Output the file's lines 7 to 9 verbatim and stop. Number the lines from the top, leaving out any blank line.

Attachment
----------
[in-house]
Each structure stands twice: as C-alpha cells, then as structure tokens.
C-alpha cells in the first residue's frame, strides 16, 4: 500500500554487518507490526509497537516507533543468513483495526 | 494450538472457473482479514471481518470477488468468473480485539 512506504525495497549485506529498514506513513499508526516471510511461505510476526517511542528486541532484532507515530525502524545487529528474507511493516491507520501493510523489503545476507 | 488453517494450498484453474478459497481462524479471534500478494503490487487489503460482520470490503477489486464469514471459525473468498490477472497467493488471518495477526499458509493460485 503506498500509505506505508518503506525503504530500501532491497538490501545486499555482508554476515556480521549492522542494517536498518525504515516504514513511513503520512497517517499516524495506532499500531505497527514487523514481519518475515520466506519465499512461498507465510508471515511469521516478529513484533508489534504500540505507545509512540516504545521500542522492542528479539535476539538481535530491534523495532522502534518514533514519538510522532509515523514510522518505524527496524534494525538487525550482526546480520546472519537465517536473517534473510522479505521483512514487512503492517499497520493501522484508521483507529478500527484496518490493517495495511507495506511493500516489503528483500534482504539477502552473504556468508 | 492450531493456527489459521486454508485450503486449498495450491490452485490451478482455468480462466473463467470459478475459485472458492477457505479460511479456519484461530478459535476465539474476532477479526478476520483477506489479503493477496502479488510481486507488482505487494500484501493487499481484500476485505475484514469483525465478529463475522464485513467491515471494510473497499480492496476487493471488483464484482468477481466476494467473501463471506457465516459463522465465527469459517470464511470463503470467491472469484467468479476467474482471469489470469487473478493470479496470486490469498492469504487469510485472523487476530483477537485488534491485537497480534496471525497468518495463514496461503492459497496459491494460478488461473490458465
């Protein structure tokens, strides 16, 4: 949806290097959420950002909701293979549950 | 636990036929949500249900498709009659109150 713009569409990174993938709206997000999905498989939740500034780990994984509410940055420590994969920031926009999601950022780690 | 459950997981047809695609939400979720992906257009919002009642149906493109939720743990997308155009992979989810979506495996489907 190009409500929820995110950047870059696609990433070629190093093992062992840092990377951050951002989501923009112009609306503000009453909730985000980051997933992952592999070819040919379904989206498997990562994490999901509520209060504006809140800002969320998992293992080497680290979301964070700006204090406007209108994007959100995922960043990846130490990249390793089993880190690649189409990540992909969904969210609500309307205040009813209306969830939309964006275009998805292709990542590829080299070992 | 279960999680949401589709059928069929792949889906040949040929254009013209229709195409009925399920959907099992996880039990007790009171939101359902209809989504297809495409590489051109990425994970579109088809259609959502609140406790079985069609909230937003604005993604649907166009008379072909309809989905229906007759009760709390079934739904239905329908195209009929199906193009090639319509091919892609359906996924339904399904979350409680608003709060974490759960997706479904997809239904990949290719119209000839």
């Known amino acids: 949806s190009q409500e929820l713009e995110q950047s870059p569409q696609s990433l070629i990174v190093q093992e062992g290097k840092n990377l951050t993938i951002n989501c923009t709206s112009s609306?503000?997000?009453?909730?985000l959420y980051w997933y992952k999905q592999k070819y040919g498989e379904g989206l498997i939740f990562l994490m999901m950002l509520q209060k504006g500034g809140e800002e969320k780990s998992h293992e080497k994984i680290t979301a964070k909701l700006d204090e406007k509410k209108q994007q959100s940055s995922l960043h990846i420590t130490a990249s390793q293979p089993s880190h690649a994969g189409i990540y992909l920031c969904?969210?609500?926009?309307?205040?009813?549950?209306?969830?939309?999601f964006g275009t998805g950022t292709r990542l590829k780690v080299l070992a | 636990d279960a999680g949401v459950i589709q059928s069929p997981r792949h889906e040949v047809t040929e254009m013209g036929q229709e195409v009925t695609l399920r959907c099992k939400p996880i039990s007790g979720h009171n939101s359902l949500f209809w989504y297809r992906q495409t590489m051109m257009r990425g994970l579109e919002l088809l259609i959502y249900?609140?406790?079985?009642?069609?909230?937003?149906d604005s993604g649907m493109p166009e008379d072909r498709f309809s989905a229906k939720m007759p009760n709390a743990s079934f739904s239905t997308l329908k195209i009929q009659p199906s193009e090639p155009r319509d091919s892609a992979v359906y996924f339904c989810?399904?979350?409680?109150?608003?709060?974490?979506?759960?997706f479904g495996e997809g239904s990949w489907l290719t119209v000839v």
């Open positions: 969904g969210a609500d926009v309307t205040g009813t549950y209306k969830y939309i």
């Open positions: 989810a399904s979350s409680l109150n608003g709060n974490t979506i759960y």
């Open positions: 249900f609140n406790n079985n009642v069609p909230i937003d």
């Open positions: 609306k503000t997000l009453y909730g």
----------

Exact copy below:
């Open positions: 989810a399904s979350s409680l109150n608003g709060n974490t979506i759960y």
């Open positions: 249900f609140n406790n079985n009642v069609p909230i937003d």
């Open positions: 609306k503000t997000l009453y909730g």